Daily Archives: October 16, 2020

Mining Institutional Knowledge

Mining Institutional Knowledge: Using Text and Data Mining to Enhance Discovery

The speakers were Mary Ellen Bates and Chris Bendall.

Mary Ellen’s bio: Mary Ellen Bates is the owner of Bates Information Services, providing strategic business decision support to business professionals and consulting services to the information industry. Based near Boulder, Colorado, her passion projects are beekeeping and coaching fellow solopreneurs.

Chris’ bio: During the last 14 years at Springer (and since 2015 Springer Nature) Chris has worked in Editorial, Product and Business Development roles, with a focus on Springer Nature’s fastest growing sectors including: regional expansion, open access, corporate markets and data services. One of his current projects is developing the infrastructure and business models to enable text and data mining of SN content for a variety of use cases from hypothesis generation to knowledge management. Chris came to Springer after a postdoc in geochemistry and a focus on gold exploration. While no longer an active researcher, his work at Springer Nature supports researchers everywhere.

The session was described as ” This session looks at the role info pros can play in mapping content with specialized tools and resources to enhance discoverability and support the strategic goals of their organization. Mary Ellen Bates reviews some of the initiatives that knowledge managers and special librarians have led to enhance information and map internal and external content through text and data mining, and offers a checklist of the questions an info pro needs to ask when evaluating knowledge mapping tools. Chris Bendall of Springer Nature discusses how info pros can leverage their specialized internal knowledge structure and work with online content providers to best address the needs of their clients and researchers. A corporate librarian/knowledge manager will describe how they implemented a KM project in which text and data mining tools were effectively applied.”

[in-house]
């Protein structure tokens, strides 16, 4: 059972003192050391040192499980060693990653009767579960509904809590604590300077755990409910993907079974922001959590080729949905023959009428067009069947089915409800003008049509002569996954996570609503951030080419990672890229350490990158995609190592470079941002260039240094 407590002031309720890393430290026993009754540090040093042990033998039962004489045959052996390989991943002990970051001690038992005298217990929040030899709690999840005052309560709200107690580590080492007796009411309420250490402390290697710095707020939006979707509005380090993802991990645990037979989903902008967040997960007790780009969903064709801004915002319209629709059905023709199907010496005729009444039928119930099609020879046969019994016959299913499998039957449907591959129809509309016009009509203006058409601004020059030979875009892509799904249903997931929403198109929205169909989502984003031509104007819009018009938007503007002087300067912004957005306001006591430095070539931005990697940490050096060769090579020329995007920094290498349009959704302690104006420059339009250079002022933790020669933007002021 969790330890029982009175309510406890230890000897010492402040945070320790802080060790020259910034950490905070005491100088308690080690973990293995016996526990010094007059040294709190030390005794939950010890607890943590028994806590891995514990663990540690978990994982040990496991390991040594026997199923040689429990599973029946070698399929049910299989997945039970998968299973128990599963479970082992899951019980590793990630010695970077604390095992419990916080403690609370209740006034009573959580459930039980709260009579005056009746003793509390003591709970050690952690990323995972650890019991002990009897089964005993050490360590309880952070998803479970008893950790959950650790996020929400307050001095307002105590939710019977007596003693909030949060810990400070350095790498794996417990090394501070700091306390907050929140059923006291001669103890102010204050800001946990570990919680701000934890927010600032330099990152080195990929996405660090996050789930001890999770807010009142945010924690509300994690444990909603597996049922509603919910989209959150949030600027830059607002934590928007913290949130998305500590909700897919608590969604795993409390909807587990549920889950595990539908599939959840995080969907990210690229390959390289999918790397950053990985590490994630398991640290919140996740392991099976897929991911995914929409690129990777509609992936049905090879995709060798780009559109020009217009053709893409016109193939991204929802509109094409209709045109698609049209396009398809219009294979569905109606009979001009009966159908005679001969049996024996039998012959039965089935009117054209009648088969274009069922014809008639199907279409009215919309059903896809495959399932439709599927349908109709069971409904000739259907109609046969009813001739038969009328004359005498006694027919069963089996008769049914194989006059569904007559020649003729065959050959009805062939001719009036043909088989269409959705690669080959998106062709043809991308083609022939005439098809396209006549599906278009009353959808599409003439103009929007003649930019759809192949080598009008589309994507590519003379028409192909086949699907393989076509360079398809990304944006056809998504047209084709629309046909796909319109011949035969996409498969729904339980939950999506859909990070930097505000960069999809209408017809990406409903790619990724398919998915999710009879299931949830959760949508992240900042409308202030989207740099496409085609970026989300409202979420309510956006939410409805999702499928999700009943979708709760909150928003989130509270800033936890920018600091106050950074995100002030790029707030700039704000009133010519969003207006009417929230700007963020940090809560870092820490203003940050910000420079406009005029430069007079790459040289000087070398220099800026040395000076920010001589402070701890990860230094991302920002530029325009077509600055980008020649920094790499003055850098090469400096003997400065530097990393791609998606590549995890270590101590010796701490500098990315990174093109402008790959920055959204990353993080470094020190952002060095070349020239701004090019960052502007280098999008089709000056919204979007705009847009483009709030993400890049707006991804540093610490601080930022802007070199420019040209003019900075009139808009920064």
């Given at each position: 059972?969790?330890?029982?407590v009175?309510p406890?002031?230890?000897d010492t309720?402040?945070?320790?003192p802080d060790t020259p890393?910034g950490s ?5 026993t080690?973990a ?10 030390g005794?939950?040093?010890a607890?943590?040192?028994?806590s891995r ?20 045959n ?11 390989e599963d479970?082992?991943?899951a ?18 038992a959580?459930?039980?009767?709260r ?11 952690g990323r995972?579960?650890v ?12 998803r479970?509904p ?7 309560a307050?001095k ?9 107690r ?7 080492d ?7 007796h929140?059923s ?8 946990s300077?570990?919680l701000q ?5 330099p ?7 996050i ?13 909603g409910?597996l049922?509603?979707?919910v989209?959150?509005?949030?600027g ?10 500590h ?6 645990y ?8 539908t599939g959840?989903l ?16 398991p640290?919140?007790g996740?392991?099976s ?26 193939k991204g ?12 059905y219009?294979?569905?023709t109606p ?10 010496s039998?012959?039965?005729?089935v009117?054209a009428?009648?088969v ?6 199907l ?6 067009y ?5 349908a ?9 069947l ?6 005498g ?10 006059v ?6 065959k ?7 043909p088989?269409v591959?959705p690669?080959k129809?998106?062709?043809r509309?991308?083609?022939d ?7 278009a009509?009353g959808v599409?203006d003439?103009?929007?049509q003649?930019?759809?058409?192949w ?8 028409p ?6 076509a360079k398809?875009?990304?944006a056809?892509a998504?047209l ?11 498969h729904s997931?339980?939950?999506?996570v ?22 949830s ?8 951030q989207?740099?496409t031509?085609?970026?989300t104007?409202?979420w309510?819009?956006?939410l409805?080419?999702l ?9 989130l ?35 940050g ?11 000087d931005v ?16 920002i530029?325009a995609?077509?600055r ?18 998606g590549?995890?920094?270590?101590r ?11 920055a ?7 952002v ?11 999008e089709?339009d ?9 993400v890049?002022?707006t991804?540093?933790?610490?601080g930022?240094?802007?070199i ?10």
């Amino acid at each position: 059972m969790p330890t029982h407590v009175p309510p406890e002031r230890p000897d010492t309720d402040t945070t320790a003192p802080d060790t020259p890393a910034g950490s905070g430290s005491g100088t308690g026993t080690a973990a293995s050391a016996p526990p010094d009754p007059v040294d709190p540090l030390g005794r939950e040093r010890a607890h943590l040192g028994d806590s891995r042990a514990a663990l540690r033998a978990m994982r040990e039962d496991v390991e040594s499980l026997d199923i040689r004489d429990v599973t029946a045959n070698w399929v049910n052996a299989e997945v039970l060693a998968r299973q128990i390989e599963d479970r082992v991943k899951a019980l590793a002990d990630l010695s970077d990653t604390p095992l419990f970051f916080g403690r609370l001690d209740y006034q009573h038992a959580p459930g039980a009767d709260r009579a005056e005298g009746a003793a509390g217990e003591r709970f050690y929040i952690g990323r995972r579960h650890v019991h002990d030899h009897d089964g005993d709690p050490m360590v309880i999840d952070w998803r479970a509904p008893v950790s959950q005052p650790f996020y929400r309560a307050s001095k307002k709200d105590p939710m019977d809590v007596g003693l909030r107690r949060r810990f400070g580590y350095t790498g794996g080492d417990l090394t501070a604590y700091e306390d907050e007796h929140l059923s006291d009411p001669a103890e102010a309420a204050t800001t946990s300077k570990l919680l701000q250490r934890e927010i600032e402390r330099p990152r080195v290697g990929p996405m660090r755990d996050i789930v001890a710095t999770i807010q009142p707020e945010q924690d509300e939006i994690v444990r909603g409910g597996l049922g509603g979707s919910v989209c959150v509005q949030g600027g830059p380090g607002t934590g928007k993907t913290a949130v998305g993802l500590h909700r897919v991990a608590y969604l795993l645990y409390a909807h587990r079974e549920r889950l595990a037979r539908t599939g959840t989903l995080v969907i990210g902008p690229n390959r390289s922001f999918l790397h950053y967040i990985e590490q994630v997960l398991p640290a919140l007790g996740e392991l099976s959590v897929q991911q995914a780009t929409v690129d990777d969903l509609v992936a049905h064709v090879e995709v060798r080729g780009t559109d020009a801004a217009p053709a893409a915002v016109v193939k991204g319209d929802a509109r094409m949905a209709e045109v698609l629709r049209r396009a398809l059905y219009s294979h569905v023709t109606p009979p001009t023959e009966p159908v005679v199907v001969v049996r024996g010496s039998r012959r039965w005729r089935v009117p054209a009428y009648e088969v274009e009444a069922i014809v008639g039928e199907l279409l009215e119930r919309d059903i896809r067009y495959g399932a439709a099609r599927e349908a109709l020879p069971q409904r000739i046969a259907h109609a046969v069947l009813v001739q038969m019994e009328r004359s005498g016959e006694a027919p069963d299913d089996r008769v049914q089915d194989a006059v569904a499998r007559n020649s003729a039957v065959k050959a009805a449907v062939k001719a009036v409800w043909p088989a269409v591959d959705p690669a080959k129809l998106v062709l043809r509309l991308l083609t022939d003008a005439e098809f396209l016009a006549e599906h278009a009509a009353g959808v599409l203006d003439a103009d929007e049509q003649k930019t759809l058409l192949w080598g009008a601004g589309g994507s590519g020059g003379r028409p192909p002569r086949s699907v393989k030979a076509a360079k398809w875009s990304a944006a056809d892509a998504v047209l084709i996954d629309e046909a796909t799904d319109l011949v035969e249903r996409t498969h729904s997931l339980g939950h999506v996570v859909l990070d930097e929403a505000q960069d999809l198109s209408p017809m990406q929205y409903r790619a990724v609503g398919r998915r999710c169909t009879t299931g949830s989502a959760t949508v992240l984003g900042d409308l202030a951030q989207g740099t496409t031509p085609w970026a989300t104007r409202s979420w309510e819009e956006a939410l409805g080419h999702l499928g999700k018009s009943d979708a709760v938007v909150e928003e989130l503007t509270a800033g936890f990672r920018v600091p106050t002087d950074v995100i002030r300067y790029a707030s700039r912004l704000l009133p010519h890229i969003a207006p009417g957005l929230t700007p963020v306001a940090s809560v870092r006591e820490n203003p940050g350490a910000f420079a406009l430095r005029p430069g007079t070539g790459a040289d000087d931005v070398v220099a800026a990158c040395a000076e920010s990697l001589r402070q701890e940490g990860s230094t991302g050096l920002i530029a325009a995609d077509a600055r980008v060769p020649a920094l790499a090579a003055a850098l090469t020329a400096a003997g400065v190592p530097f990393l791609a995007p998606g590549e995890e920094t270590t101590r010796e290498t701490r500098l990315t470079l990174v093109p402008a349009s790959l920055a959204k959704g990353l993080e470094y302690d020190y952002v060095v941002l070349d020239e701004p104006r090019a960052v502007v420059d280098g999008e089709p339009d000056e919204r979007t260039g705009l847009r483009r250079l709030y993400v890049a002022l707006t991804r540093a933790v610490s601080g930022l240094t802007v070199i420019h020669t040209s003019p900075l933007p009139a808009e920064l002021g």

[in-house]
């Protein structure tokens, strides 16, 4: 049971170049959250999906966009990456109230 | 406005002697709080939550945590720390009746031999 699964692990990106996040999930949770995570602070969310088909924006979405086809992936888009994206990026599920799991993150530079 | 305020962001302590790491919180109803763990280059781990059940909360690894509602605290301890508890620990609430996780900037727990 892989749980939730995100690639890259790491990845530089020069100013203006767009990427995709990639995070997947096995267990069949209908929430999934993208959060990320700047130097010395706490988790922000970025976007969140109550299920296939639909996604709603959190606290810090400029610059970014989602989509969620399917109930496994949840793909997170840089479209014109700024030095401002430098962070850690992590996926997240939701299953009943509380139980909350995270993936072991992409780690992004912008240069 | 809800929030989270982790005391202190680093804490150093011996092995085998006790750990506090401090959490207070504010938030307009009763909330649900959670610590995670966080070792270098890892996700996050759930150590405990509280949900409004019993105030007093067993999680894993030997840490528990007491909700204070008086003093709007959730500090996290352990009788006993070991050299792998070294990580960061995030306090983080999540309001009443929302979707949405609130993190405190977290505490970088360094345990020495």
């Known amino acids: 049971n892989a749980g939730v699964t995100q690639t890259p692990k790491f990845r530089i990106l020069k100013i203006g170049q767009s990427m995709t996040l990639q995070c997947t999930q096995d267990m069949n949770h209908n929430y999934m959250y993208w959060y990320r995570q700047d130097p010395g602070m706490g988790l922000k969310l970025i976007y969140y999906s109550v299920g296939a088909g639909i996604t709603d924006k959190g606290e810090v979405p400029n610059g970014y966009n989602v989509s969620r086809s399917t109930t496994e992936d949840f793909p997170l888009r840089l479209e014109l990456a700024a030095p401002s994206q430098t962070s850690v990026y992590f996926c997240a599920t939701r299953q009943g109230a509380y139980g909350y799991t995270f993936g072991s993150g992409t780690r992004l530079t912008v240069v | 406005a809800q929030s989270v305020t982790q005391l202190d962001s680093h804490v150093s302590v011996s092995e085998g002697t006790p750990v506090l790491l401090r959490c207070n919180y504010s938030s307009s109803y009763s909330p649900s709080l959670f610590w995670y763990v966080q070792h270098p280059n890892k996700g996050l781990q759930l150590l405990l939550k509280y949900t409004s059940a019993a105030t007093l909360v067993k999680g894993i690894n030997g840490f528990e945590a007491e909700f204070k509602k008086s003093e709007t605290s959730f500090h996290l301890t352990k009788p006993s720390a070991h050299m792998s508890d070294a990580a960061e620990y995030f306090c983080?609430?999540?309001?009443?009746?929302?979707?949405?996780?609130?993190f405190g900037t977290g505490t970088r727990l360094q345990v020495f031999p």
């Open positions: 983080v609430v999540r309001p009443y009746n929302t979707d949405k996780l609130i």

There is a white paper associated with this presentation. She also wrote an earlier paper on TDM and info pros. Springer Nature now has a new blog about modern librarians. I haven’t had a chance to look at any of these resources yet.

Examples of datasets can be found at: https://datasetsearch.research.google.com/ and at: https://tdm-pilot.org/builder/

Text and Data Mining (TDM)

  • automated process
  • large amounts of data
  • purpose is either increase discoverability of underlying content or discerning patterns
    • increase recall with precision
    • outcome of the most relevant articles – semantically enriched data exposes the relationships so you get exactly what you are looking for
    • find patterns and trends across a dataset. TDM helps you find these when you don’t know what you are looking for

Enhance access to full text. By getting better result you can associate value with output. The outcome isn’t full text articles, so the value is invisible. The datasets create relationships that leads to full text articles.

TDM licensing is a challenge for all parties, because it is new and not as well understood.

What TDM requires:

  • good dataset with consistently applied metadata
  • info pros can help evaluate fee vs. free datasets
  • info pros know about internal datasets
  • info pros can evaluate datasets outside the clients’ subject area
  • info pros can bring in the right structure such as APIs, other taxonomies that might be appropriate for current project. We make relationships with other departments so we know what is out there